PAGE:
Minimize Confusion & Disorientation
Top Tips to Help Orientate People with Dementia
Effects of an Orientation Program
There are a number of things healthcare professionals and caregivers can do to help orientate a person with dementia to time and place. Environmental and personal interaction strategies are under utilized. These strategies are often only applied if a person with Alzheimer's, or other type of dementia, is exhibiting behavioral disturbances. Yet by using these orientation tips you can help maintain the skills of someone with dementia. Your actions can be comforting and help to reduce fear and anxiety.
Problem behavior and Orientation
Orientation and supportive environmental measures are free from adverse side effects, yet medication is often seen as the first line response when people with dementia exhibit problematic or challenging behaviors. Imagine for a minute that you do not know who you are or where you are. Imagine that you are unsure who the person is who is talking to you and asking you to do things. They are helping you carry out intimate personal hygiene routines or other daily activities yet you do not understand why and feel fearful and anxious.
Someone who has dementia and who may be confused can be helped by incorporating the following orientation and environmental tips into your daily interactions with them:
15 Orientation Tips for Alzheimer's and dementia1. Speak clearly and concisely. Give repeated verbal reminders of the time and what day it is. Tell them where they are. Introduce yourself when you talk to someone and introduce or remind them who other people are who join in any conversation with you.
2. Identify and correct sensory impairments; ensure patients have their glasses, hearing aid, dentures. Consider whether an interpreter is needed or use a regular caregiver with the appropriate language skills.
3. Provide items that enable the person with dementia to remember where they are and orient to their environment. This should include a clock, a simple calendar i.e. write on a board today is Tuesday 14th March 2005. A chart or diary can help remind someone what they should be doing and who with.Rooms can have simple bold signs on them denoting their function, i.e. bathroom, bedroom.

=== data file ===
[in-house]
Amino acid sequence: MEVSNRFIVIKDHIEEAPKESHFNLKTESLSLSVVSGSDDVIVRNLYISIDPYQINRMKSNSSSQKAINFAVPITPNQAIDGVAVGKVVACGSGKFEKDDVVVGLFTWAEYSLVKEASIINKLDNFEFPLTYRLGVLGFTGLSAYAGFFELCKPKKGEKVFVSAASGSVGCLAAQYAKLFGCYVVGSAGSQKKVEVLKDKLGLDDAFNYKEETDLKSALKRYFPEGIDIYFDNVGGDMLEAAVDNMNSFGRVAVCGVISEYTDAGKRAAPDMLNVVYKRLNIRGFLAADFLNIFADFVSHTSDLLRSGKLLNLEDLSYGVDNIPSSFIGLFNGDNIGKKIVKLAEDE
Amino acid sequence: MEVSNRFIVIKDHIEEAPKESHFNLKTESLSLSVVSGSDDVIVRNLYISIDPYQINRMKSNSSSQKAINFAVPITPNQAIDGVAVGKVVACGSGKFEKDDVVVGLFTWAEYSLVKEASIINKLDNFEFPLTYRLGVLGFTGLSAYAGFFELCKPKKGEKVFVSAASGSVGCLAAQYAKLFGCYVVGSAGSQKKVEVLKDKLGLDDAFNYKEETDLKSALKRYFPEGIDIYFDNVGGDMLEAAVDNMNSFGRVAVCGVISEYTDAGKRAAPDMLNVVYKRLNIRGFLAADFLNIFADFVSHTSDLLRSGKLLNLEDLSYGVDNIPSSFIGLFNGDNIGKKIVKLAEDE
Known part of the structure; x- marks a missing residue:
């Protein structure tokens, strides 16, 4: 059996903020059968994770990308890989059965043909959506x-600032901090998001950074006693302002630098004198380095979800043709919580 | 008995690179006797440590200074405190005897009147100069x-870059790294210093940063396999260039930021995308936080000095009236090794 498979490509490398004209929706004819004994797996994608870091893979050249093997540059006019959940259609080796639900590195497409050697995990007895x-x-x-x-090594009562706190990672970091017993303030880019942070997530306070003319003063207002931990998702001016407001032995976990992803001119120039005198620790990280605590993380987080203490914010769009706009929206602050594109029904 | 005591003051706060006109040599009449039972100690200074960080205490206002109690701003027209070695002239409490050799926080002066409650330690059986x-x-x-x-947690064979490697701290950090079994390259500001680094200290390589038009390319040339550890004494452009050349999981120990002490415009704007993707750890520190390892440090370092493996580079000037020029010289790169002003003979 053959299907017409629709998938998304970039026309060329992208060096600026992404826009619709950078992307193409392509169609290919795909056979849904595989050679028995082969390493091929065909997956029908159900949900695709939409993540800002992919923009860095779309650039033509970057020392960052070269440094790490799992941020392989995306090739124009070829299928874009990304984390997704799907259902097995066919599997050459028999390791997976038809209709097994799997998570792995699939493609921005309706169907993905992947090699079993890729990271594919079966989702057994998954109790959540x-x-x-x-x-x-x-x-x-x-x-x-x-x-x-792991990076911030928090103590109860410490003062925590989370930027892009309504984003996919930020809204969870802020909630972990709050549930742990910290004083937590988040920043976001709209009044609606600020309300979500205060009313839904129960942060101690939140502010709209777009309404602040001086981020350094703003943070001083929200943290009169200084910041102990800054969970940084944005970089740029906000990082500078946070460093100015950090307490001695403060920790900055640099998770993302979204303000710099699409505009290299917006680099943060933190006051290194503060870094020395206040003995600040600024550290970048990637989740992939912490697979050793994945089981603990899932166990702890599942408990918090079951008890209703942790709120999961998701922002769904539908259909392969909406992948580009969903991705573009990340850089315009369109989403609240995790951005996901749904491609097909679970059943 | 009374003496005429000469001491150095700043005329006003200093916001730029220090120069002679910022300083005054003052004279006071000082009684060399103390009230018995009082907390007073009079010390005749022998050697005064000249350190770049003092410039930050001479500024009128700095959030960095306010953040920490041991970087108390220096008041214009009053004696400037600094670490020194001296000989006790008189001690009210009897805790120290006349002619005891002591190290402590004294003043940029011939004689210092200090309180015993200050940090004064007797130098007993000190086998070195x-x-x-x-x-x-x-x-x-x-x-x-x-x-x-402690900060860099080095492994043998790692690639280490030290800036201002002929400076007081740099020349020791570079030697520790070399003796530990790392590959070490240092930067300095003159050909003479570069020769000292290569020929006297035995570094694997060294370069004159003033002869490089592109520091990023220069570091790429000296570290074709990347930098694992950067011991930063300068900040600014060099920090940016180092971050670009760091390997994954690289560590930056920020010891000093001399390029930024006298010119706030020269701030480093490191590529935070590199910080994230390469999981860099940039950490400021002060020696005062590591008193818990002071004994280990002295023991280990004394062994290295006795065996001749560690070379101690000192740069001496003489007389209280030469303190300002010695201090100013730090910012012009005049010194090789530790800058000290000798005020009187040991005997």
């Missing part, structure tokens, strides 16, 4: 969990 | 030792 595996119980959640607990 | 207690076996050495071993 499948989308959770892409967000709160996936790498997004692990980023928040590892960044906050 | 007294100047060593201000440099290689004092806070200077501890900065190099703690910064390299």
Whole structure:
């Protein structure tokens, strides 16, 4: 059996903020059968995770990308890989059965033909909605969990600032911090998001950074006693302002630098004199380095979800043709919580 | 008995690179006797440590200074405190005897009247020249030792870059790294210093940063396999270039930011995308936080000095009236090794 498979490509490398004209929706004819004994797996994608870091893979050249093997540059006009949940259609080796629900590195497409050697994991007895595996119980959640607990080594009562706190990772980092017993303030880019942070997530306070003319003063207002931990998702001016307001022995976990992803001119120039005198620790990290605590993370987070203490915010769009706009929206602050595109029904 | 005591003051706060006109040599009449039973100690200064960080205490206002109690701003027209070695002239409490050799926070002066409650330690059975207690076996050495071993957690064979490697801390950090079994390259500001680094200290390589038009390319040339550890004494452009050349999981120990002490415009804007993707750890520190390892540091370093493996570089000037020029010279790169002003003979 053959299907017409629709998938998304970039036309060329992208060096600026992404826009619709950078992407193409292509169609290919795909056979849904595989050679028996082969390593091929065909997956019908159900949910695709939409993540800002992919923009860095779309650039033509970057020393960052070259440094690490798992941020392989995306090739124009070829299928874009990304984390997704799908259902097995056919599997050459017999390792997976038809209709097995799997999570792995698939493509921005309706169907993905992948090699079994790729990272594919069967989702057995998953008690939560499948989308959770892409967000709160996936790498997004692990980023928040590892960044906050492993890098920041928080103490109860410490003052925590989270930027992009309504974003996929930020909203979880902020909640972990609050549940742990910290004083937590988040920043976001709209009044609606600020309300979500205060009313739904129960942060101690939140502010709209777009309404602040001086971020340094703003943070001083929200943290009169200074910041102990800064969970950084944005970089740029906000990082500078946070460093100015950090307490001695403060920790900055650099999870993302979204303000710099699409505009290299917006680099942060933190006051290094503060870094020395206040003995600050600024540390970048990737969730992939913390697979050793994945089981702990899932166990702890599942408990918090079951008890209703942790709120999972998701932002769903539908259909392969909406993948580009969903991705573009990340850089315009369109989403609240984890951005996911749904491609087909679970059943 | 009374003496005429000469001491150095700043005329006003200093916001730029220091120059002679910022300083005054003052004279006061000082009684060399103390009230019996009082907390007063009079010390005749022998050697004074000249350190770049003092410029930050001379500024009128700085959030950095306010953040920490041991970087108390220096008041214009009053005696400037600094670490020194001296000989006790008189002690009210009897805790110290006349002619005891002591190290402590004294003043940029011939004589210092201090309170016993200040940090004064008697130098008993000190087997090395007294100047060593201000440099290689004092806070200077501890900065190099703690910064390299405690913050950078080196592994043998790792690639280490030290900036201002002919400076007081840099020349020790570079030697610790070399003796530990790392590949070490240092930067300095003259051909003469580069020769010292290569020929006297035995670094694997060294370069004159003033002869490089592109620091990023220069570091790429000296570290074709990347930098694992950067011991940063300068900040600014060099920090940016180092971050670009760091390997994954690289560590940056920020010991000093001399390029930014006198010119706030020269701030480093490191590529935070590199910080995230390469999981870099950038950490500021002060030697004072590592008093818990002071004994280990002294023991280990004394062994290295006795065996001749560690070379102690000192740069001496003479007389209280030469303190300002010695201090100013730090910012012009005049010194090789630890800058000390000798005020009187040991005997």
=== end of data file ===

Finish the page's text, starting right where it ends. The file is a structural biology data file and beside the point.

4. Surround a person with familiar objects. If they are in hospital or nursing home personal possessions are very important.
5. Involve family and regular familiar caregivers to encourage feelings of security and orientation
6. Keep room temperature between 21.1°C to 23.8°C
7. Simplify care area by removing unnecessary objects. This encourages maximum, safe, mobility in familiar or regular surroundings and encourages mobility. It also allows caregivers to work in a safe, well arranged, well stocked area.
8. A television or radio can be used to help provide a stimulating environment. Do find out the likes and dislikes of the individual. Familiar music of the type enjoyed by the person can assist relaxation and create a good atmosphere for teaching or interactions with caregivers or others.
9. Control sources of excess noise. If a television or music is on make sure that it is not too loud.
10. Ensure that lighting is adequate. Make sure your face is visible so that they can see who is talking to them and see your facial expression. Provide a night light to reduce misperceptions
11. Include the person with dementia in decision making whenever possible. Feeling you have some control over your environment and in your interactions is very important for maintaining skills, interest and for your self esteem. De-personalization will increase confusion.
12. Encourage self care and participation in treatment. Do encourage feedback, for example, are you feeling alright?, do you have any pain?
13. Avoid using medical jargon in the presence of a person with dementia. It can encourage feelings of confusion and paranoia
14. Arrange activities and treatments to allow maximum periods of uninterrupted sleep
15. Ensure consistency in staff in home caregivers or in nursing home facilities